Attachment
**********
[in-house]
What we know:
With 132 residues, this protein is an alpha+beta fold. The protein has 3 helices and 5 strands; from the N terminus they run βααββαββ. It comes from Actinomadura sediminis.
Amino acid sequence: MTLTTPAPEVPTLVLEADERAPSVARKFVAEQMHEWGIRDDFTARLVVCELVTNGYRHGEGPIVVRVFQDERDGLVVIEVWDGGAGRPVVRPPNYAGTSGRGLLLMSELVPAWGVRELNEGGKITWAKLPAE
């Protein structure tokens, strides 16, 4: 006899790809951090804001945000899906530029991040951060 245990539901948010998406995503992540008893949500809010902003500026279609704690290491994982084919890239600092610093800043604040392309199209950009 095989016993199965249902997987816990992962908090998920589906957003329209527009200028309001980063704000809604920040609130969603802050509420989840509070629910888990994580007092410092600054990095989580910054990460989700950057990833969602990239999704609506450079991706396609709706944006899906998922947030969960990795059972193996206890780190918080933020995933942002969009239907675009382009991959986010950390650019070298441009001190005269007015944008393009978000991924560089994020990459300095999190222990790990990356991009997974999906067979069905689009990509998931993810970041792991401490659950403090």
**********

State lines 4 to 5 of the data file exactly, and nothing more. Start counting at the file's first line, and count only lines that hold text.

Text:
Amino acid sequence: MTLTTPAPEVPTLVLEADERAPSVARKFVAEQMHEWGIRDDFTARLVVCELVTNGYRHGEGPIVVRVFQDERDGLVVIEVWDGGAGRPVVRPPNYAGTSGRGLLLMSELVPAWGVRELNEGGKITWAKLPAE
């Protein structure tokens, strides 16, 4: 006899790809951090804001945000899906530029991040951060 245990539901948010998406995503992540008893949500809010902003500026279609704690290491994982084919890239600092610093800043604040392309199209950009 095989016993199965249902997987816990992962908090998920589906957003329209527009200028309001980063704000809604920040609130969603802050509420989840509070629910888990994580007092410092600054990095989580910054990460989700950057990833969602990239999704609506450079991706396609709706944006899906998922947030969960990795059972193996206890780190918080933020995933942002969009239907675009382009991959986010950390650019070298441009001190005269007015944008393009978000991924560089994020990459300095999190222990790990990356991009997974999906067979069905689009990509998931993810970041792991401490659950403090």